The new age of ignorance

Another interesting recently released book is discussed by Tim Adams in The Observer today in an article titled “The new age of ignorance,” which begins:

We take our young children to science museums, then as they get older we stop. In spite of threats like global warming and avian flu, most adults have very little understanding of how the world works. So, 50 years on from CP Snow’s famous ‘Two Cultures’ essay, is the old divide between arts and sciences deeper than ever?

The book discussed is The Canon: A Whirligig Tour of the Beautiful Basics of Science by NY Times science journalist Natalie Angier. As a little test of our scientific literacy, Tim Adams also interviewed scientists and non-scientists with 6 basic science questions:

We asked three writers, three scientists (2 biologists and a geologist) and two broadcasters to answer six basic scientific questions, and their answers appear to confirm the arts/science divide.

One of the questions was one I asked in my own dissertation study, more or less: “What happens when you turn on a light?” Interestingly, even the scientists didn’t answer the question that well, although in all due respect none of them were physicists or electrical engineers. Even the “answer” given in the article still hides a popular misconception:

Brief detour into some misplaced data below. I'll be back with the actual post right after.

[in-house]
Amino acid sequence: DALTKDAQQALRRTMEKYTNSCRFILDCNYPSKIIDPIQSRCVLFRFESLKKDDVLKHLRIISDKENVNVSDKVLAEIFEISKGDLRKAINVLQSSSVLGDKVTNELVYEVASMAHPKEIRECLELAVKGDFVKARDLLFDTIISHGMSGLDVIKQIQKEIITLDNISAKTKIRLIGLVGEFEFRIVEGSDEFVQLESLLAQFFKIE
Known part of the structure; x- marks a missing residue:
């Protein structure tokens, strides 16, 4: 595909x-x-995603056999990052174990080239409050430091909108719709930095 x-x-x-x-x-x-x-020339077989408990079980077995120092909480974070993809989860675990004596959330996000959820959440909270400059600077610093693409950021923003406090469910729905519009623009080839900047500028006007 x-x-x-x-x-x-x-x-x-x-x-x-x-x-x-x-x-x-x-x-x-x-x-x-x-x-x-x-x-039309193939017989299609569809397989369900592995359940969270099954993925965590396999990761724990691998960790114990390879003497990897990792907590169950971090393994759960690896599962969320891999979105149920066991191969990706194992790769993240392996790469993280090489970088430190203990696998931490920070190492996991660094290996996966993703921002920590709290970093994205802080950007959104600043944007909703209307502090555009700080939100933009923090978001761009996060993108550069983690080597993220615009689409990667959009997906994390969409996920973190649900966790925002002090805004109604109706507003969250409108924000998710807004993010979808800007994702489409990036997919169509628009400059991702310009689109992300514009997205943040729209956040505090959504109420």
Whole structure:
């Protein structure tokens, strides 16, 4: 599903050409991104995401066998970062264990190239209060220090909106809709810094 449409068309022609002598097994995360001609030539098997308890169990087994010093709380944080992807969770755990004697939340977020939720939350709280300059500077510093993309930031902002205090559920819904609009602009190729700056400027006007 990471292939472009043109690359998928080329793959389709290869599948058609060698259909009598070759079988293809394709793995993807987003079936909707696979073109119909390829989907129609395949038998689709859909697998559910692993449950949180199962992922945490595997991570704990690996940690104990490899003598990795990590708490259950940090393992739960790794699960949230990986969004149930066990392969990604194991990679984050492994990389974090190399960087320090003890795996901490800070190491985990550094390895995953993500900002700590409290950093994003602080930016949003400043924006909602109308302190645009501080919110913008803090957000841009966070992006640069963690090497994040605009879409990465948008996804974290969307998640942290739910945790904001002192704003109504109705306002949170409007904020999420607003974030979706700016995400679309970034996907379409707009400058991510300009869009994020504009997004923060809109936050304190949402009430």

Answer: The switch controls the flow of electricity through a circuit – a complete, unbroken loop through which electric charges can move. When the light switch is on, these electric charges can move in an endless loop. This loop begins at a power station where the charges pick up electric energy. They then flow through wires to the light switch, then to the light bulb where they deliver their electric energy, and finally back to the power company to obtain more energy.

The misconception is that when you flip a switch, electrons travel from the power station all the way to your house (at light speed) to turn things on. This misconception derives from another misconception: That wires are like empty pipes. In fact, they are “filled” with electrons even when the circuit is off. It is more like a closed water or hydraulic pipe system, not an empty pipe system. When you flip the switch, it is like opening a valve or connecting two pipes, which simply allows the electrons already inside the wire to move. That motion (which is slow, not at light speed) allows transfer of energy (which happens fast, via electrical and magnetic fields). It is like pushing a train on a circular track. Almost as soon as you push a car at one end, the car at the other end and the cars in between move too, even though the cars themselves are not moving fast at all. So when you flip on a switch, electrons don’t bolt from the power station down to your house at light speed and then turn on the lights.

Posted in education

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